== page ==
The Satanic Temple Claims Immunity From Rule Requiring Fetal Burials

If Texas tries to impose the rule on a member of the activist organization, they say they plan to sue.

Published Dec 2, 2016

 (The Satanic Temple)
Image Via The Satanic Temple

On 19 December 2016, a new Texas law will go into effect requiring aborted fetal remains be either buried or cremated. But The Satanic Temple, an agnostic activist organization which says it exists to promote critical and scientific thinking, and which uses the legal system to counter laws influenced by religion, says their members are immune because the rule violates their tenets.

According to the Texas Tribune, the rule was quietly proposed in July 2016 by the state's Health Services department at the behest of Gov. Greg Abbott, who touted the rule in fundraising emails, in which he wrote:

I believe it is imperative to establish higher standards that reflect our respect for the sanctity of life. This is why Texas will require clinics and hospitals to bury or cremate human and fetal remains.

Satanic Temple members abide by seven tenets which include:

One’s body is inviolable, subject to one’s own will alone.


Beliefs should conform to our best scientific understanding of the world. We should take care never to distort scientific facts to fit our beliefs.

They said in a statement the rule violates their tenets:

The Satanic Temple (TST), an international religious organization headquartered in Salem, Massachusetts, has declared immunity for its members from the Texas rule requiring the cremation or burial of fetal remains that is slated to go into effect on December 19th. One of The Satanic Temple’s fundamental tenets is the inviolability of one’s body. As such, TST affirms that this rule violates their religious beliefs and their members may refuse to adhere.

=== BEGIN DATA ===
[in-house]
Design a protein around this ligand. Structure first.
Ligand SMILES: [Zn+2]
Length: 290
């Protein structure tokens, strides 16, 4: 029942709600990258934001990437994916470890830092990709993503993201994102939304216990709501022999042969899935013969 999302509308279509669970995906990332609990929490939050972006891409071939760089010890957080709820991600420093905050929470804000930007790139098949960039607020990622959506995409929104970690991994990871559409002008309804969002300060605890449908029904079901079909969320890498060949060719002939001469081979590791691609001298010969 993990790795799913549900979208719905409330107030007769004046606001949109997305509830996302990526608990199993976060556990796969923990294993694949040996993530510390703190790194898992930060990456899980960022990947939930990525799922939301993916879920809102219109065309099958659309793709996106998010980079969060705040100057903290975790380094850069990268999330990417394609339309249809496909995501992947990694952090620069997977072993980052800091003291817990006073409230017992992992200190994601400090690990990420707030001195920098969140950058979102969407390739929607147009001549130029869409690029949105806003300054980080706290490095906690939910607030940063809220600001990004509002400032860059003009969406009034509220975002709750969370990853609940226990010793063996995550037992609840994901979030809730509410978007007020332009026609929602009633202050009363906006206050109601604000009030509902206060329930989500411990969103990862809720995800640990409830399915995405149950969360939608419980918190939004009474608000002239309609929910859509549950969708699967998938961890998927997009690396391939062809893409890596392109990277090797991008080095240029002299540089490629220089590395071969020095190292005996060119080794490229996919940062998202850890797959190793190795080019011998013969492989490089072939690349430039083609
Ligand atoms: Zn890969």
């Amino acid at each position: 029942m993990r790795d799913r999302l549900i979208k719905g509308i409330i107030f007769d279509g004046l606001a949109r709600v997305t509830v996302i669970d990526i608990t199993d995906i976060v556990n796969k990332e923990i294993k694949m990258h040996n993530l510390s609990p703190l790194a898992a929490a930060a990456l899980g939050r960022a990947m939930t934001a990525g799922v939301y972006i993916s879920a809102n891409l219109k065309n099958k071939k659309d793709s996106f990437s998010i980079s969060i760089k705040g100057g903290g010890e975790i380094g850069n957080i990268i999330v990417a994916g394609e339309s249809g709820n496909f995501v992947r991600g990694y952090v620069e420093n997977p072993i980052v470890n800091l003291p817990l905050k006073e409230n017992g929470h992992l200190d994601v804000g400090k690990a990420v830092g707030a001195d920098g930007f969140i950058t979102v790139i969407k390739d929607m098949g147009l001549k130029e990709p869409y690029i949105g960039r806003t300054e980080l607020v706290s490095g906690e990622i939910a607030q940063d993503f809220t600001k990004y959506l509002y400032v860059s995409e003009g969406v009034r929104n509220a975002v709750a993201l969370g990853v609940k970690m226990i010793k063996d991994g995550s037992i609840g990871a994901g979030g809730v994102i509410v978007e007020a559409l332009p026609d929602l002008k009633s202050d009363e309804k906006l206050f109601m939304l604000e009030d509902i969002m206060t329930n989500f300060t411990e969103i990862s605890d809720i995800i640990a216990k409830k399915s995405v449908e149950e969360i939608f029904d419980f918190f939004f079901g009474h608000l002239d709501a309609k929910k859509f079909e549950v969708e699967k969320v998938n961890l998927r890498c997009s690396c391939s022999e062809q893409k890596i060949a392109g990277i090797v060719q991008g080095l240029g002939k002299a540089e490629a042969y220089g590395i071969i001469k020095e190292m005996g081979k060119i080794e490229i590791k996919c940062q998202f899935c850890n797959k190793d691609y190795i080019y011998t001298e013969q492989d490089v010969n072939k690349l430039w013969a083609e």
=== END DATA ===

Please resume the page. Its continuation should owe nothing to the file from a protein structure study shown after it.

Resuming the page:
Texas follows in the footsteps of other states (like Arkansas, Indiana, and Georgia) in requiring funerary handling of fetal remains, rules that critics say chip away at federal laws that rendered abortion legal. As they have in the past, The Satanic Temple said they will test the constitutionality of Texas' law by way of a lawsuit if necessary. TST spokesman and co-founder Lucien Greaves told us:

If one of our members claims exemption from this upon terminating a pregnancy, and the state insists that the burial fee must be paid, we will immediately file an injunction. We will sue, and we will win.

In a recent victory, The Satanic Temple forced the state of Oklahoma to remove a Ten Commandments monument from capitol grounds by challenging its constitutionality with their own version of a religious monument: a statue of Baphoment, a horned, goat headed deity. The Satanists sued after state lawmakers denied their request to place their Baphomet statue on state grounds along with the Christian display. The Oklahoma Supreme Court ruled 7-2 in their favor.

Bethania Palma is a journalist from the Los Angeles area who has been working in the news industry since 2006.